Aaron Schooler, expert cyclocrosser and manager of Focus CX Team Canada, has eight great tips for riding through sand when you come to the loose stuff on a cyclocross course. Schooler has a lot of experience with sand, including the dunes of Koksijde, Belgium.
As you approach a sand pit, the presence of ruts will tell you that it’s rideable. Footprints indicate that you, too, should probably hop of the bike and run. Schooler advises to hit the pit with as much speed as possible; the momentum will help you get through. Keep your weight back over the rear wheel. Also, don’t sit too heavily on the saddle. You want to float above it. This body position will help you keep the front end light. You’ll be able to hop the front wheel from rut to rut if you start to drift.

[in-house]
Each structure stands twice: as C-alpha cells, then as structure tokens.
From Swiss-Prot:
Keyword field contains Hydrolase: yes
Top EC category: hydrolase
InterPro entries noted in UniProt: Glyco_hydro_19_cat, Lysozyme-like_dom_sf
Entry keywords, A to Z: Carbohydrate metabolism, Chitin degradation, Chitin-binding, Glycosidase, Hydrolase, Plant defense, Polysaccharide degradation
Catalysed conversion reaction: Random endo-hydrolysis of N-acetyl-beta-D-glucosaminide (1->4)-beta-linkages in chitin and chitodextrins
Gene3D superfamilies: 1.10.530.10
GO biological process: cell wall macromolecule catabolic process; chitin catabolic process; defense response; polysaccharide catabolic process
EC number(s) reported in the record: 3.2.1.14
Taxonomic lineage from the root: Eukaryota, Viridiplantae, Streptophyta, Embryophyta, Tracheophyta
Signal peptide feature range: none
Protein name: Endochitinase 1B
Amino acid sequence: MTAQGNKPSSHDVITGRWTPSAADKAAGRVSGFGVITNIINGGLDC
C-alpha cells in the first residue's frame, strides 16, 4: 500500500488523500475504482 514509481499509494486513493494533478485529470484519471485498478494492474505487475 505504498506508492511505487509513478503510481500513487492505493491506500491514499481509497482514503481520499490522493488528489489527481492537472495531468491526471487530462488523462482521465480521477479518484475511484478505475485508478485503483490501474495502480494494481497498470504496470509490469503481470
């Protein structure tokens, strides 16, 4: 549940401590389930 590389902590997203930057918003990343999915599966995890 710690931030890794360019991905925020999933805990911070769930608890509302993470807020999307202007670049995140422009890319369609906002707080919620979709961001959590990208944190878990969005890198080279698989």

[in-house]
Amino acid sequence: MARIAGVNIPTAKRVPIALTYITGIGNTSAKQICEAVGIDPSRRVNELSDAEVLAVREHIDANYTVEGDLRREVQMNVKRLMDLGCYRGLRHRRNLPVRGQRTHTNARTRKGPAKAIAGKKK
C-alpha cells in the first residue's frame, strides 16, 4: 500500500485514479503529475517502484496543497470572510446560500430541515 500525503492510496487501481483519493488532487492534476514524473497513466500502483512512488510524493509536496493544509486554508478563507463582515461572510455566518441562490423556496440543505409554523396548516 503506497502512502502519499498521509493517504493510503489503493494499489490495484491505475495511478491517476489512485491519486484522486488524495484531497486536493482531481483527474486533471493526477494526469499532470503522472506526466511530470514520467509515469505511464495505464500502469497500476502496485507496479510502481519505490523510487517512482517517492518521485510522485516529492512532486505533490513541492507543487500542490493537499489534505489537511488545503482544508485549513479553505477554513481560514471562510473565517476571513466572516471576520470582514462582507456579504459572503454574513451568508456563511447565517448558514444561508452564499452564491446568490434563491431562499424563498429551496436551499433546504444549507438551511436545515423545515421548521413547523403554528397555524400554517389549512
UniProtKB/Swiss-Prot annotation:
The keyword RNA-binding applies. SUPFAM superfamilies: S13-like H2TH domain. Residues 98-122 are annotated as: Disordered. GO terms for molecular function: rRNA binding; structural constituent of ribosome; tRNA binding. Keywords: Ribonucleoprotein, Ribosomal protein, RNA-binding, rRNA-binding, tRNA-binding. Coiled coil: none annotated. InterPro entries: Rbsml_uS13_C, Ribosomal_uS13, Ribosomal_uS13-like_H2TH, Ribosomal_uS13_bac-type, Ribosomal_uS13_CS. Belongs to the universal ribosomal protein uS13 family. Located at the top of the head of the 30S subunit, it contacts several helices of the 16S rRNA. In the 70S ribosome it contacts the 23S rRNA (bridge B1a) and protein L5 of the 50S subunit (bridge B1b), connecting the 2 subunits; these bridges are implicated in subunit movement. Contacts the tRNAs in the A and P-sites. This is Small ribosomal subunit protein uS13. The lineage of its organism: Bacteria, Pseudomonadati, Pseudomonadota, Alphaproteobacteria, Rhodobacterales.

You have to do some quick calculations in the sand. If you are pedalling through the pit and your speed goes below your minimum speed—that is, your running speed—you should probably get off the bike. It’s best to start running before you come to a stop or, worse, topple over.
As always with ‘cross, you want to run low pressures in your tires for traction. Schooler has gone as low as 18 to 20 p.s.i. for the course at Koksijde. However, such low pressures may not work on other courses that have variable surfaces. When you dial in tire pressure, you also have to consider the other things the rubber will come in contact with.
For your chain, use a wax-based lubricant. It’s the best lube for making sure the grains of sand fall off of your chain soon after you’ve ridden out of the pit.